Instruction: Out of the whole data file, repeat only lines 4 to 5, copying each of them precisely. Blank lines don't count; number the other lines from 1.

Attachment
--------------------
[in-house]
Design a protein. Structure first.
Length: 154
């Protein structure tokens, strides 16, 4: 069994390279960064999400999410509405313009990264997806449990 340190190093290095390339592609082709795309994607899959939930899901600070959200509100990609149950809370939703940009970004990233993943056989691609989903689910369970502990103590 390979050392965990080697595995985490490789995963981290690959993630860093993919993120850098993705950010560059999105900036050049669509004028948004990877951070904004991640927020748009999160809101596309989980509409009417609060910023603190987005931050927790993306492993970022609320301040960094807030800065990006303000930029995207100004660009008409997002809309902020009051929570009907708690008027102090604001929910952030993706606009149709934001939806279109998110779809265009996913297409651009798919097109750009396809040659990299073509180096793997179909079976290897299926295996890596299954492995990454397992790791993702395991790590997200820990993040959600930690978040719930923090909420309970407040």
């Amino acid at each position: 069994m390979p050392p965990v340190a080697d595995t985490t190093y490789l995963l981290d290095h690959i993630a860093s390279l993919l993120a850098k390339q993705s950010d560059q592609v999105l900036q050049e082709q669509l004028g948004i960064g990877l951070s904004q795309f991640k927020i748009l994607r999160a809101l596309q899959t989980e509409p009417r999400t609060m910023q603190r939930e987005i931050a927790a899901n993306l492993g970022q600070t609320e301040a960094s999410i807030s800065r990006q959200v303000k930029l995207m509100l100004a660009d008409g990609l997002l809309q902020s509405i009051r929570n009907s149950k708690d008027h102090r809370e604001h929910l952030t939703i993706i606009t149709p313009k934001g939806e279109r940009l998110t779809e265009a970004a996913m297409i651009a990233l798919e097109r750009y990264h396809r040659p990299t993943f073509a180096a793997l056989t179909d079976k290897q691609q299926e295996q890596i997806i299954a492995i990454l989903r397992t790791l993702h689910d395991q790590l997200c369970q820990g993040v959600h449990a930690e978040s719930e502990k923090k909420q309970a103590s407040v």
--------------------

């Protein structure tokens, strides 16, 4: 069994390279960064999400999410509405313009990264997806449990 340190190093290095390339592609082709795309994607899959939930899901600070959200509100990609149950809370939703940009970004990233993943056989691609989903689910369970502990103590 390979050392965990080697595995985490490789995963981290690959993630860093993919993120850098993705950010560059999105900036050049669509004028948004990877951070904004991640927020748009999160809101596309989980509409009417609060910023603190987005931050927790993306492993970022609320301040960094807030800065990006303000930029995207100004660009008409997002809309902020009051929570009907708690008027102090604001929910952030993706606009149709934001939806279109998110779809265009996913297409651009798919097109750009396809040659990299073509180096793997179909079976290897299926295996890596299954492995990454397992790791993702395991790590997200820990993040959600930690978040719930923090909420309970407040």
């Amino acid at each position: 069994m390979p050392p965990v340190a080697d595995t985490t190093y490789l995963l981290d290095h690959i993630a860093s390279l993919l993120a850098k390339q993705s950010d560059q592609v999105l900036q050049e082709q669509l004028g948004i960064g990877l951070s904004q795309f991640k927020i748009l994607r999160a809101l596309q899959t989980e509409p009417r999400t609060m910023q603190r939930e987005i931050a927790a899901n993306l492993g970022q600070t609320e301040a960094s999410i807030s800065r990006q959200v303000k930029l995207m509100l100004a660009d008409g990609l997002l809309q902020s509405i009051r929570n009907s149950k708690d008027h102090r809370e604001h929910l952030t939703i993706i606009t149709p313009k934001g939806e279109r940009l998110t779809e265009a970004a996913m297409i651009a990233l798919e097109r750009y990264h396809r040659p990299t993943f073509a180096a793997l056989t179909d079976k290897q691609q299926e295996q890596i997806i299954a492995i990454l989903r397992t790791l993702h689910d395991q790590l997200c369970q820990g993040v959600h449990a930690e978040s719930e502990k923090k909420q309970a103590s407040v």